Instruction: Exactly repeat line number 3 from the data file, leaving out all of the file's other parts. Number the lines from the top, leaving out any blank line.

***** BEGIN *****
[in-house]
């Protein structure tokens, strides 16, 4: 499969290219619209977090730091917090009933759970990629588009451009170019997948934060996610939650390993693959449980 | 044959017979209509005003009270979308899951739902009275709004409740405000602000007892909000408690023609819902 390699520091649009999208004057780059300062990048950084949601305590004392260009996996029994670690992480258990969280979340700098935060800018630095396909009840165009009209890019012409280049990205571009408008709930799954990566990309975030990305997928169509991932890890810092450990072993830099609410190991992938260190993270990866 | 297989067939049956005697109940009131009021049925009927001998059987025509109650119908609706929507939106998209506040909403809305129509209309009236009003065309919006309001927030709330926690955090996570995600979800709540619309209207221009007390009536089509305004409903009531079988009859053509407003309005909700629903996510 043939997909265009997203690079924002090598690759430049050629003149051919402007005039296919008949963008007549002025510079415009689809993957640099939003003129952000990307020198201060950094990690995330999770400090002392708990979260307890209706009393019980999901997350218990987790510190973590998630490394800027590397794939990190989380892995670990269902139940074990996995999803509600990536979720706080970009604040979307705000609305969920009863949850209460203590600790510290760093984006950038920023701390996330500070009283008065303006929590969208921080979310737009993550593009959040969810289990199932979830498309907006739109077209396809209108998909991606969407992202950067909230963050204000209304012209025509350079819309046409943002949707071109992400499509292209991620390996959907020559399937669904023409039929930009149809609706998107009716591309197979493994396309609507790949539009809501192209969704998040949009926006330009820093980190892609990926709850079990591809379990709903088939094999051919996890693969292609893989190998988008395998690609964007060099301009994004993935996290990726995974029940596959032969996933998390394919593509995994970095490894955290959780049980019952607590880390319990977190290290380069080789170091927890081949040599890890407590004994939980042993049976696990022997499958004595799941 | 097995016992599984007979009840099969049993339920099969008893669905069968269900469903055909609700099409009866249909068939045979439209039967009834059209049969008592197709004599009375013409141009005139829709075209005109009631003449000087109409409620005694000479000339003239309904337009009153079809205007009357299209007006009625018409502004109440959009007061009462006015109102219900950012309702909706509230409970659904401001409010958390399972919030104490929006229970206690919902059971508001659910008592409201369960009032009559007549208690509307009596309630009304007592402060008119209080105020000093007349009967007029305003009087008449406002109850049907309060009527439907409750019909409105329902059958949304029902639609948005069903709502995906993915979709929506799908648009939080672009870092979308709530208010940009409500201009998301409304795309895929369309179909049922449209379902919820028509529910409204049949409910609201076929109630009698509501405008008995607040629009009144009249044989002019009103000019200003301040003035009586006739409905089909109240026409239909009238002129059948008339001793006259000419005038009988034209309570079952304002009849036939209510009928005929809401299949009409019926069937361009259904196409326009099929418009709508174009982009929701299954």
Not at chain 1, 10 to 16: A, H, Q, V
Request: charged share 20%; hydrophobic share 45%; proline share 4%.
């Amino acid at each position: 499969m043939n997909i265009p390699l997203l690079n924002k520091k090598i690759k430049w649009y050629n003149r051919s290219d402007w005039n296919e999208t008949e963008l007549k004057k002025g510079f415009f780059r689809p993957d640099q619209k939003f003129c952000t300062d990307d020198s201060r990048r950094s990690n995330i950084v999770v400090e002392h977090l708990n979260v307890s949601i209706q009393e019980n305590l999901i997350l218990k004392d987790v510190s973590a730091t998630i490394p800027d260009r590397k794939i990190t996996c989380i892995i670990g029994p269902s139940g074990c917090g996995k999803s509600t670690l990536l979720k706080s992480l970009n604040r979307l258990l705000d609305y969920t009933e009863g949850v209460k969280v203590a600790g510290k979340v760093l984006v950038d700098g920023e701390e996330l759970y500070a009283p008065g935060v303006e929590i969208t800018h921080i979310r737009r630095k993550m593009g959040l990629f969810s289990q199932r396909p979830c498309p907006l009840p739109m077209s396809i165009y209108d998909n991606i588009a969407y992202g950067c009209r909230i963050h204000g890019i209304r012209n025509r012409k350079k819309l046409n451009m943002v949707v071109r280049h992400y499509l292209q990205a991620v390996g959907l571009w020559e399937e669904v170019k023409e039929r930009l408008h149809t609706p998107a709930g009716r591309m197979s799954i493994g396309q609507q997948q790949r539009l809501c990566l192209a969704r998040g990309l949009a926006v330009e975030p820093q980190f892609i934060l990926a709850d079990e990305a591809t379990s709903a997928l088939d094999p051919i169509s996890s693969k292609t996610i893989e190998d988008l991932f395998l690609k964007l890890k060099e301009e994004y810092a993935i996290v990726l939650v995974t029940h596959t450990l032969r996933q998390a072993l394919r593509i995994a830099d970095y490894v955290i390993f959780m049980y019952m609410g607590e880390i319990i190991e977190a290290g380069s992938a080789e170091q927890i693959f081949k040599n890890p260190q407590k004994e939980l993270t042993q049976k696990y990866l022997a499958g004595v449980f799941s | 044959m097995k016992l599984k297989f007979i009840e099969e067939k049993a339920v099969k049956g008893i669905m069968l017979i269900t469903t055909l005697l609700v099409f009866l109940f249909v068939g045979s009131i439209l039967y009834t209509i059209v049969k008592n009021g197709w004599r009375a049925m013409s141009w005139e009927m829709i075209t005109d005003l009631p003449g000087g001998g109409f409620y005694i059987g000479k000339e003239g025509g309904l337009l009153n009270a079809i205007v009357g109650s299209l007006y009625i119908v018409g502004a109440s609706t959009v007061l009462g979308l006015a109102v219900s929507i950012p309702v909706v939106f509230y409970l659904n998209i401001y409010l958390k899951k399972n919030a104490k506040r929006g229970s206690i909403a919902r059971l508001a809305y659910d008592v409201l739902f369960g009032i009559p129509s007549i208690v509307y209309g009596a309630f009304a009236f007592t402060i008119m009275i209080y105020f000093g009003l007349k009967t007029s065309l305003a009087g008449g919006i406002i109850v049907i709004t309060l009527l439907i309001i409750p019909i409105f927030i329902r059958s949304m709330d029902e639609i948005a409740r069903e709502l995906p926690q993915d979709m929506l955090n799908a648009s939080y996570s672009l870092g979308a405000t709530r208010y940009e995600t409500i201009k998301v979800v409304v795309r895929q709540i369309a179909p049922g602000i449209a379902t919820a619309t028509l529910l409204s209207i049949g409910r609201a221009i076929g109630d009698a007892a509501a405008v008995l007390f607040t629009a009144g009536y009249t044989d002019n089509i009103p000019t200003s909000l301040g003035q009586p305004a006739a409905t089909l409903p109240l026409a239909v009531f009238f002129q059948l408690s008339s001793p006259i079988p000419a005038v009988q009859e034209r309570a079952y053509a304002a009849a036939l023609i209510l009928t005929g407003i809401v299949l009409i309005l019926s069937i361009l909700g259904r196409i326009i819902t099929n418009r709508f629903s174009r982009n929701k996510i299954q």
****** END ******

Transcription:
Not at chain 1, 10 to 16: A, H, Q, V